“We see the need for a process to preheat the tool before we feed the wire into it and strike the arc,” he says. “Then after the arc leaves, we need to slow the cooling—a post-heating process. A head that combines wire feed with pre-imposed laser heating would address metallurgical issues related to what happens when additively building a tool and not being able to keep it at an elevated temperature.”
All of the heating and cooling experienced when adding material brings undesirable stresses, according to Austin.
All of this said, Austin remains happy with the results during DTG’s first go-round with wire-fed AM, and with recent improvements he remains optimistic on its future use for hot stamping tooling, with qualifications. One qualification: issues with locating metal when performing high-speed finish-cut machining.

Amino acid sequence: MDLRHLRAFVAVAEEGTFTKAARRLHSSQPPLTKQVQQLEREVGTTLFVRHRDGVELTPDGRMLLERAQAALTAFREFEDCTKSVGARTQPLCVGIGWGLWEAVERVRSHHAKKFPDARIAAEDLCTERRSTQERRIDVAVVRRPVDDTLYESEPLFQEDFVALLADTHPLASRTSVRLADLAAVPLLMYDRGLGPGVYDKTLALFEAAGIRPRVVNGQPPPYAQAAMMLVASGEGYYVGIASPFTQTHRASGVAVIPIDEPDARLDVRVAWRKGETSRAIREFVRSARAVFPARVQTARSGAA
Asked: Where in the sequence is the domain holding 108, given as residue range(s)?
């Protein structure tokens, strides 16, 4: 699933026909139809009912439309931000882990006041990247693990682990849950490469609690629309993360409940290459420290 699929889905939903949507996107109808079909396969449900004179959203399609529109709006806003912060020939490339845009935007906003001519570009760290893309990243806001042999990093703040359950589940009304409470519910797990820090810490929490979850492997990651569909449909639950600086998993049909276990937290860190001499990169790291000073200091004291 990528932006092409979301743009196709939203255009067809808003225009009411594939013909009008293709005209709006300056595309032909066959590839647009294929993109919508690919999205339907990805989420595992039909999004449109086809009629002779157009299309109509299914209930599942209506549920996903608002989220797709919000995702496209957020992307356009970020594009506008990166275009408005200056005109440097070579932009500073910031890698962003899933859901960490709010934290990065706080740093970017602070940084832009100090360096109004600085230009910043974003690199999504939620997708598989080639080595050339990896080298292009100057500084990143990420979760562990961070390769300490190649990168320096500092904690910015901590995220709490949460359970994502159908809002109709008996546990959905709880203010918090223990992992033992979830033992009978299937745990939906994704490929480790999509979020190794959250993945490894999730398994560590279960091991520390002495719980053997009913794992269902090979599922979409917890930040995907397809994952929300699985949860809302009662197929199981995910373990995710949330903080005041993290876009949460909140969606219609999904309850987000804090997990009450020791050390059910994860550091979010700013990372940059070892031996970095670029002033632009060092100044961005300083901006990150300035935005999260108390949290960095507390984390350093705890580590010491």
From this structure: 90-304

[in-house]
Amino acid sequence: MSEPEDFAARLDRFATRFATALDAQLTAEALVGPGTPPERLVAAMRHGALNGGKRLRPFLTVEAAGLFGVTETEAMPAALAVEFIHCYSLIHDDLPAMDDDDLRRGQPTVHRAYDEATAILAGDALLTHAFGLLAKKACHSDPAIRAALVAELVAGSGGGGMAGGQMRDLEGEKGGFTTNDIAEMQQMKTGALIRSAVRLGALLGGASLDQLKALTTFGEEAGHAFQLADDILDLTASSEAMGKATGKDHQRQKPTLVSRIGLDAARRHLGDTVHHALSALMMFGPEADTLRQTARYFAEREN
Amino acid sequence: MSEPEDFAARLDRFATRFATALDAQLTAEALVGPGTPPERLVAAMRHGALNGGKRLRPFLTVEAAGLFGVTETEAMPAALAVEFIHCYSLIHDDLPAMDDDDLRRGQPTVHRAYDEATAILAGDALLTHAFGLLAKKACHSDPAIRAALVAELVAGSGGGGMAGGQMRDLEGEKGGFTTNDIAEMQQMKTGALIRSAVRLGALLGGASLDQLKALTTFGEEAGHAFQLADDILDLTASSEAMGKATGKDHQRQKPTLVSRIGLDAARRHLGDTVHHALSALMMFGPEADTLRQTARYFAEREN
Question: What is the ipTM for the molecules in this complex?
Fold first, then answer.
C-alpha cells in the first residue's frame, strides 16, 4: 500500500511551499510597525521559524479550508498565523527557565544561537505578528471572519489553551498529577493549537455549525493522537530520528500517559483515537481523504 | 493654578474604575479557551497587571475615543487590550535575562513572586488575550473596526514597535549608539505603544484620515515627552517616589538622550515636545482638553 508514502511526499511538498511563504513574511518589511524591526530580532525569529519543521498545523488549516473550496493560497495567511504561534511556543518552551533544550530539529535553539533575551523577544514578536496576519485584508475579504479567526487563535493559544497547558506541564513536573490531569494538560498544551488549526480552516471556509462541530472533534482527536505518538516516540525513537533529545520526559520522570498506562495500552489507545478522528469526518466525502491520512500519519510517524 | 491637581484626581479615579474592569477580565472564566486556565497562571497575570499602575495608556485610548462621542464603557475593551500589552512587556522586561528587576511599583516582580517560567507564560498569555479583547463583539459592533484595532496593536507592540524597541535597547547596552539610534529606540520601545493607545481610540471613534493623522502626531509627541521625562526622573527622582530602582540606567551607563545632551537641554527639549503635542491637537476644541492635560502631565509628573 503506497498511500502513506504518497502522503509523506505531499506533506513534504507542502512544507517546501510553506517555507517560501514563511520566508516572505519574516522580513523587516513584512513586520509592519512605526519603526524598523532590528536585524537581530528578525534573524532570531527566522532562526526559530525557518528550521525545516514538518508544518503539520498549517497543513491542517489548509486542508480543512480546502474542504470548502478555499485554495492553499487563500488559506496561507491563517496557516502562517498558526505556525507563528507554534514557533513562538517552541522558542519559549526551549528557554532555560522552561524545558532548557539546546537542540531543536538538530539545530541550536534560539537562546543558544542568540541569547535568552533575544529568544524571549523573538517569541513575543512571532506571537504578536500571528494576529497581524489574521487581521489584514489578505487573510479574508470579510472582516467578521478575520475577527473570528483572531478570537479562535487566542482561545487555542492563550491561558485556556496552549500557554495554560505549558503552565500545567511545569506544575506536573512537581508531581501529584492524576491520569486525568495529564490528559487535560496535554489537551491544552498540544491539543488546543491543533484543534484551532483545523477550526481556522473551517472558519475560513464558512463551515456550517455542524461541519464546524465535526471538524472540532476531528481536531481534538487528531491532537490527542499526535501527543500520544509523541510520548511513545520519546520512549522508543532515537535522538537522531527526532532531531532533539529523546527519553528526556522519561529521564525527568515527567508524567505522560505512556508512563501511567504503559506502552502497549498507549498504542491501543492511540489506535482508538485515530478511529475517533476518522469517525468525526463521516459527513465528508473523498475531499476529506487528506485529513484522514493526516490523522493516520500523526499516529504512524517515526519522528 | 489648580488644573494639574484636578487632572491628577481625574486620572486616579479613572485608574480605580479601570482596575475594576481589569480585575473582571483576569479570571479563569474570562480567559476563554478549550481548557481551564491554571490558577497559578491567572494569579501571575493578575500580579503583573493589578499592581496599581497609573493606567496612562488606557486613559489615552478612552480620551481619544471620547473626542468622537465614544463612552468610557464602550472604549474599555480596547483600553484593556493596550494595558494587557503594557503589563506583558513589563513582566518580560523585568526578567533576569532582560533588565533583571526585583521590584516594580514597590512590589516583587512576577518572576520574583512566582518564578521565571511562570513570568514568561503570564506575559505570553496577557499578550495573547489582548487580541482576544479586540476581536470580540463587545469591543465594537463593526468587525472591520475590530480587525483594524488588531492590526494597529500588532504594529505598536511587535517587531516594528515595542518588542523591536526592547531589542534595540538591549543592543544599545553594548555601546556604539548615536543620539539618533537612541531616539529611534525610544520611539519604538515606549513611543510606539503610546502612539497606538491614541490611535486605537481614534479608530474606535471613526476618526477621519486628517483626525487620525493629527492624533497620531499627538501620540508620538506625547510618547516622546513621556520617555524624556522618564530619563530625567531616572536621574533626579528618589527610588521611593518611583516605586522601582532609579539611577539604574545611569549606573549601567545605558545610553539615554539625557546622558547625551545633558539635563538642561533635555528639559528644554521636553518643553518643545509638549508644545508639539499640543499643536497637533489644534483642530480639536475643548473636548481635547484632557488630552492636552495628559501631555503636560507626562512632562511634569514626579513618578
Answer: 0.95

“A cutter flying around and suddenly hitting metal at high speed can break the cutter,” he says. “Shrinkage or metal movement after printing makes it difficult to locate metal accurately and program the machining accordingly. Surface scanning can resolve this challenge in cutter-path programming.”
An alternative of drastically slowing machining would extend lead time and add costs.
Opportunities in Die Repair: Tailored Surfacing
Shifting to die repair, AM again holds promise, according to Austin, especially via directed-energy and powder-fed AM.
“This has great interest to us,” he says. “In general, for cold and hot stamping we build a tool from the same material over the entire tool surface, perhaps with inserts here or there, or some blocks of different material. But, especially in forming and cutting tools, there’s a need for different localized properties in the material. We can heat treat to surface-harden somewhat selectively and locally. With laser heat treatment or possibly in combination with powder-fed AM, we see the ability to change the surface of a die—attaching powdered metal to the die surface of a different metal alloy.”
Specific to hot stamping, Austin identifies two areas of a tool that often undergo significant abrasion and galling, and coating pickup: male radii and sidewalls.